"I learned all the little trip wires to keep somebody sane," he said. "It would have been awful tough for me without that knowledge."
Unable to find a permanent job after his own rehabilitation, Mr. Reitmeier started businesses of his own. He is currently chief consultant for Alternative Energy Systems, Inc., a firm that deals with architectural design pertaining to energy conversion.
Mr. Reitmeier also is active in many veterans' organizations and is junior commander of the J. Michael Hens Post VFW 7870, in Clarence. In that role he is participating in ceremonies today to mark Veterans Day.
"To me, basically, Veterans Day is my own personal little remembrance of the people I knew who were killed in Vietnam."
He leans back on the chair remembering. His 5-foot-9-inch frame is wedged in, near the desk. Wearing a beige shirt and blue jeans, he is able to walk at a brisk pace, and there is no apparent sign of the war injury.
Later, he rolls up his right shirt sleeve to reveal a badly scarred arm, another souvenir from the war. "I still carry Vietnam with me," he said.
Vietnam: That's where his thoughts are on Veterans Day. He ticks off the names of at least five persons he knew who died there. "These are the people I remember," he says, slowly inhaling on his cigarette. "Veterans Day is a sad day, a time to reflect.
"A lot of people look at Veterans Day and associate it with war. I always associate it with peace and the price you pay for peace."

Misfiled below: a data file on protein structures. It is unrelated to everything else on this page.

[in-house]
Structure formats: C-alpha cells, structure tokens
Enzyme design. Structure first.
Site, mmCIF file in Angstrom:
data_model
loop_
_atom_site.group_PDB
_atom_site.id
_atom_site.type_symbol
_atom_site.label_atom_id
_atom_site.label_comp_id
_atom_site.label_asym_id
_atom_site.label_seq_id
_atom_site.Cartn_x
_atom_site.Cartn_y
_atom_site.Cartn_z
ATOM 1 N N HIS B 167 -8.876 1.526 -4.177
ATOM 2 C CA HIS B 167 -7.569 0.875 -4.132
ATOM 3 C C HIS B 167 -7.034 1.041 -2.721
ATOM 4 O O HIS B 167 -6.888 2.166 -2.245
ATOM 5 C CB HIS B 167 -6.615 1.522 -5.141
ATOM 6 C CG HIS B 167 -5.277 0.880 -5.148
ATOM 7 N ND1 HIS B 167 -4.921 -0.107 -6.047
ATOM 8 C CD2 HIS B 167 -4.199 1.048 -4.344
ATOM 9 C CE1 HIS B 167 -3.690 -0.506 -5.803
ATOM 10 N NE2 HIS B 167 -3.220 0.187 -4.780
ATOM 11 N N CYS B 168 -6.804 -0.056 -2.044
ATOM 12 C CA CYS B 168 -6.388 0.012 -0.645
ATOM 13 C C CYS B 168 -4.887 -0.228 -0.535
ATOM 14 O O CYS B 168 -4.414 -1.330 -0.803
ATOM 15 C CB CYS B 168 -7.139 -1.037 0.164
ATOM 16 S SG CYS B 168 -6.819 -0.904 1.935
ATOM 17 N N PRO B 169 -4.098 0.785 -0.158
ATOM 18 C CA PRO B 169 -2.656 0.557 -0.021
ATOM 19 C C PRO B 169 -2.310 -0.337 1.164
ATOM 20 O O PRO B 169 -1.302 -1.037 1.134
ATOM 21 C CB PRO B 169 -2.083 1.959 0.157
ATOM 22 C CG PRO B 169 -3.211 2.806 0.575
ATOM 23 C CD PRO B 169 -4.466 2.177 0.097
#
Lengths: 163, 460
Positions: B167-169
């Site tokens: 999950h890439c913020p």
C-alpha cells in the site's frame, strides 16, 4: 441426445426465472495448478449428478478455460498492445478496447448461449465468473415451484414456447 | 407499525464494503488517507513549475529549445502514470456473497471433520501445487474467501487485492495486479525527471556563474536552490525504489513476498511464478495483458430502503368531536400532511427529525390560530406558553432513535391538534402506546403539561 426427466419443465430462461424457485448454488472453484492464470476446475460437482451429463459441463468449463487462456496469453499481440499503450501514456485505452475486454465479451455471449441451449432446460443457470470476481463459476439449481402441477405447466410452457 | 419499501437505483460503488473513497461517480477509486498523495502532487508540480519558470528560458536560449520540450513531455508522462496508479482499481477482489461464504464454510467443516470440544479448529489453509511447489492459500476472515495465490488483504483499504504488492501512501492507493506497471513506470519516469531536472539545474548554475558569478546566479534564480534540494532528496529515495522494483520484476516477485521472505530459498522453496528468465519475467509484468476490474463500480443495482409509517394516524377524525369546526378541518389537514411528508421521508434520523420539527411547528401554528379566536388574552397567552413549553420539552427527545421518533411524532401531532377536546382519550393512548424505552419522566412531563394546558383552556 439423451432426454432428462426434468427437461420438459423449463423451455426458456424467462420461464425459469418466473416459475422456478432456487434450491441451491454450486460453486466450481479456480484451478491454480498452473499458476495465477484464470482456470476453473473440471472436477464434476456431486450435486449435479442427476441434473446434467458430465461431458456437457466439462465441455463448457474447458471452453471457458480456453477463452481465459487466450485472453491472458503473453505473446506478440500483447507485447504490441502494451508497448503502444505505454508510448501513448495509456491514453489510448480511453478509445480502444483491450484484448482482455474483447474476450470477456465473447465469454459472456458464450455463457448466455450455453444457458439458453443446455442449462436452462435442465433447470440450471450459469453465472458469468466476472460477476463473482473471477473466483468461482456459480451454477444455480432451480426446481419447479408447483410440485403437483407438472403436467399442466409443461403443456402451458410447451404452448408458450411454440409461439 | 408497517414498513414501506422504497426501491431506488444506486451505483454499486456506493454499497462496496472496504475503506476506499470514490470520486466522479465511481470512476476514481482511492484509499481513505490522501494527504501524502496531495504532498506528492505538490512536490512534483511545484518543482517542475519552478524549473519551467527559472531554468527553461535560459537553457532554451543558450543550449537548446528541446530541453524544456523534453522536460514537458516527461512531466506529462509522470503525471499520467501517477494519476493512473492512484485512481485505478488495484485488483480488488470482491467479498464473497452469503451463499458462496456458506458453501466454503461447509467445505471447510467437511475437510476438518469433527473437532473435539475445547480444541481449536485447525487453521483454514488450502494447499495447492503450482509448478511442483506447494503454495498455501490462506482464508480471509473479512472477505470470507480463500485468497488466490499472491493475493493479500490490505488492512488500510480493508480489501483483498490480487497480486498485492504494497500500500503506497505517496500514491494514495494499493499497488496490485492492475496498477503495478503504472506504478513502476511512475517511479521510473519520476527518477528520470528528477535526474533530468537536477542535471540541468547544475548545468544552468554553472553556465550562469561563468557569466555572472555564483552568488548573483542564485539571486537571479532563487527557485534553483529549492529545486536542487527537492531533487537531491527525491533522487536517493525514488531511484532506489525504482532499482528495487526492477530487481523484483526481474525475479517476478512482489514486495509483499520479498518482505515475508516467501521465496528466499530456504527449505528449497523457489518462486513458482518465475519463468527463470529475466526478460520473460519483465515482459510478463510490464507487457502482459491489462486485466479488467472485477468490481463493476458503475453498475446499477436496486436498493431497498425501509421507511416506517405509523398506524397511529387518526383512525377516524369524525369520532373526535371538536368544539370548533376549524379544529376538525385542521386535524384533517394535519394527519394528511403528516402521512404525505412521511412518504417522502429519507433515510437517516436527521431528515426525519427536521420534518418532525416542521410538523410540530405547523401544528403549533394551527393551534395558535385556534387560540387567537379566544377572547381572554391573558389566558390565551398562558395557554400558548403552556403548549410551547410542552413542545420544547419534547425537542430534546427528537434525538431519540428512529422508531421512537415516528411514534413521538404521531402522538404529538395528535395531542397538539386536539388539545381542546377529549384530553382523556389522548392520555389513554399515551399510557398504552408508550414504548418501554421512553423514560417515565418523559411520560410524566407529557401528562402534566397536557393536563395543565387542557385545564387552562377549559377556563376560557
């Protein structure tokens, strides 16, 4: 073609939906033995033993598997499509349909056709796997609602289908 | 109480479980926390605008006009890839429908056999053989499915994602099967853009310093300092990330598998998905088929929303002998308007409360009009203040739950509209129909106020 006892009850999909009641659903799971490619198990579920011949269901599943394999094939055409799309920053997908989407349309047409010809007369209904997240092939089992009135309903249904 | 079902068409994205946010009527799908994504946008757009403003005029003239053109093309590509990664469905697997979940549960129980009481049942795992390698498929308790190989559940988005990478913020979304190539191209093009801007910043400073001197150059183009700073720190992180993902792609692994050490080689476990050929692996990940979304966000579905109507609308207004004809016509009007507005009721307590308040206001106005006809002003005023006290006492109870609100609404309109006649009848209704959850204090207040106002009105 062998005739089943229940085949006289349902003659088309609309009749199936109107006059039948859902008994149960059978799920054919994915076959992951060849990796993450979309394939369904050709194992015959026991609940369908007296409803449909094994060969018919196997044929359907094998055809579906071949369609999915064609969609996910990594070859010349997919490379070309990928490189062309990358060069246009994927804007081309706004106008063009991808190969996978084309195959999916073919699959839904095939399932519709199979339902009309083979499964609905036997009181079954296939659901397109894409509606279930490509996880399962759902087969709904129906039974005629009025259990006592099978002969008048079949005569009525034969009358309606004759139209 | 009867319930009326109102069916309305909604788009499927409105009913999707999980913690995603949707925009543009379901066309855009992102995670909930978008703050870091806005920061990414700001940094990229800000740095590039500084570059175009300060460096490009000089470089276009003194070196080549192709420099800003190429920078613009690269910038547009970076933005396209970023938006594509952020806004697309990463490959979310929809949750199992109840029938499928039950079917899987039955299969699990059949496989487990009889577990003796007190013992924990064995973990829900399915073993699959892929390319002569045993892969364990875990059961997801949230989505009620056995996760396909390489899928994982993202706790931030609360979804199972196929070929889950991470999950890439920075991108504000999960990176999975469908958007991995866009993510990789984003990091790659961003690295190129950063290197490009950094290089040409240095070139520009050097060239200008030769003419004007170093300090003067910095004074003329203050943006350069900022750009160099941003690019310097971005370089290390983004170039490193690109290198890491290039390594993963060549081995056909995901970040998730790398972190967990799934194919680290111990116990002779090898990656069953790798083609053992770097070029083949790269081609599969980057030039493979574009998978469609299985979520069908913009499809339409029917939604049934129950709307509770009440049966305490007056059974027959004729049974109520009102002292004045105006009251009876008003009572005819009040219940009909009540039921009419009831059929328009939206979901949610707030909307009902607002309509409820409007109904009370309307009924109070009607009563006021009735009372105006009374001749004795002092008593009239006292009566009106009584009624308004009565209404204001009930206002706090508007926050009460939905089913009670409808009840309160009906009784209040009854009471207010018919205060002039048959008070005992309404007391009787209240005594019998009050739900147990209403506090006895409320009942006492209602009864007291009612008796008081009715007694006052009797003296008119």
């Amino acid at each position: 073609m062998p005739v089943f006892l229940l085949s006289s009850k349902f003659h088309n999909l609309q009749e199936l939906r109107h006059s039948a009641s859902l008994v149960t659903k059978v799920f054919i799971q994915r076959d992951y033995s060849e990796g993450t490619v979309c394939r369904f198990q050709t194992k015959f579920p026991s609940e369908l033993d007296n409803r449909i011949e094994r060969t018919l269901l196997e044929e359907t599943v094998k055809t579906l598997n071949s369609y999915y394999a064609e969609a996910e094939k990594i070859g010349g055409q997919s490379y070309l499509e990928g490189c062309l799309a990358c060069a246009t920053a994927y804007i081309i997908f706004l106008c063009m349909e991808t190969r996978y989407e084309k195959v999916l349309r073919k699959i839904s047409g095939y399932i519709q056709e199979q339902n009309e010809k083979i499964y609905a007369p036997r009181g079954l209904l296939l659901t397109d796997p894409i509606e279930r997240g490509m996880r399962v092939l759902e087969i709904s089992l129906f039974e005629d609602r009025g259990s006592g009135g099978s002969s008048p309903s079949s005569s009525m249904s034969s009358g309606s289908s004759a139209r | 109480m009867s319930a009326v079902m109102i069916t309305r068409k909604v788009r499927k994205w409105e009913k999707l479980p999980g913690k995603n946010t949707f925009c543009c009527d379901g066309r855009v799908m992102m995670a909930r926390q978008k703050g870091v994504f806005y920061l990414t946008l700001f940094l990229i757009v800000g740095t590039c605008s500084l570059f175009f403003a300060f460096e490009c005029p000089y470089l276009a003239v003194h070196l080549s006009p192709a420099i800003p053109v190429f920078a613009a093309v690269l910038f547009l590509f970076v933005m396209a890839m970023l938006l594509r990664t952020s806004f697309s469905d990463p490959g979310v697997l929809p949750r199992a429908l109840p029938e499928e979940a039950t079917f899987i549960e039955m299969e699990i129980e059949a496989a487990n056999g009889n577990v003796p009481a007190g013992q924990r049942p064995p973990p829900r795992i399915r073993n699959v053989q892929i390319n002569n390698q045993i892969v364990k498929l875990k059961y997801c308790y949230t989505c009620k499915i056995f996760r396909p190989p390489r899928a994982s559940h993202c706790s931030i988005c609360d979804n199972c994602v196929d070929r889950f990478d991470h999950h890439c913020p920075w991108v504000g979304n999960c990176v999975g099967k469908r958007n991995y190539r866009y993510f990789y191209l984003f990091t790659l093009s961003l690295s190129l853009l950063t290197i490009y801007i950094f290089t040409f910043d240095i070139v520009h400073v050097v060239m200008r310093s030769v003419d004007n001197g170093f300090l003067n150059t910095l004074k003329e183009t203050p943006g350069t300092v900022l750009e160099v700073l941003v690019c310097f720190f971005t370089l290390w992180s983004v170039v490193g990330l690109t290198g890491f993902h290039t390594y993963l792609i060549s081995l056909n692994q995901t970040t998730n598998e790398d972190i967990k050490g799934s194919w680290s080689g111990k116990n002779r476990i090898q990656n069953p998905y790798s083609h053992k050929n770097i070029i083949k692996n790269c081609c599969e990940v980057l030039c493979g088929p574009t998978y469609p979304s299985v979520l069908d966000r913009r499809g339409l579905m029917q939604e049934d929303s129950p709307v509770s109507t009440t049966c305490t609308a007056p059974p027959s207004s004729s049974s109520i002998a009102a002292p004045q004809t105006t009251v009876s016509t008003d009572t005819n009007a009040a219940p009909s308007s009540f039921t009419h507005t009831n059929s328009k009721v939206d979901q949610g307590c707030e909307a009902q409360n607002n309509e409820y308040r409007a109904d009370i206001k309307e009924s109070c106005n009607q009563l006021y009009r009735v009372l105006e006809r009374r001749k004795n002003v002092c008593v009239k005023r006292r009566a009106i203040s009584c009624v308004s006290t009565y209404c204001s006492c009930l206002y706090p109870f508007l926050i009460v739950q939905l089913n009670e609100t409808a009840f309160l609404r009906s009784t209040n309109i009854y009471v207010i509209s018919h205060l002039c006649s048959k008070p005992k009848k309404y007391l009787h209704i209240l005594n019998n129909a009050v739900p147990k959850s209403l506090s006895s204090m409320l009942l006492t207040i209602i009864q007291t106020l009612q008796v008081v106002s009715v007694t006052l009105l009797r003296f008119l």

Does anyone but the soldier understand the price of peace? Vietnam was a television war, but the news reports didn't tell the whole story.
"People understood about the killing and the suffering; they saw it all on TV," he said. "But they didn't understand the emotional strain that our people over there went through.
"A lot of guys came back and never adjusted. They're still fighting the Vietnam War. They're bitter. People say they lost the war. They didn't lose the war. The whole thing is Vietnam wasn't worth it. And that's the toughest thing for Vietnam veterans to deal with."
Today the questions are different. Instead of Vietnam, the price for peace is being paid in places like Grenada and Lebanon. There appears to have been a fundamental change in the public acceptance of the use of American military force.
"I don't know if that's good or bad," Mr. Reitmeier said. "I'm scared. There are a lot of nuclear weapons out there.
"But what happened to this country is that the American public just got fed up being pushed around by smaller countries like Cuba and Iran.
"After Vietnam, we didn't want to get involved in any conflicts anymore. So what happened? The Russians, the Cubans and all the rest took advantage.
"I think Grenada made it clear we're not going to be humiliated anymore. They didn't want another hostage situation. From a military and tactical standpoint, Grenada was a good thing.
"Lebanon is a different story. It's a real tragedy, especially for those Marines killed over there. From a strategic standpoint, it doesn't make sense. All they were doing is sitting there acting as targets.
"In Grenada you accomplished something. In Lebanon you're not accomplishing anything."
Mr. Reitmeier believes there will be more and more such conflicts in the coming years. "I don't know if they (the armed services) want them so much as they don't mind 'little' conflicts. They keep up morale.
"Besides, you can't learn to fight a war by going out on maneuvers in the desert in Arizona, firing blanks. You'll probably see more and more of these conflicts."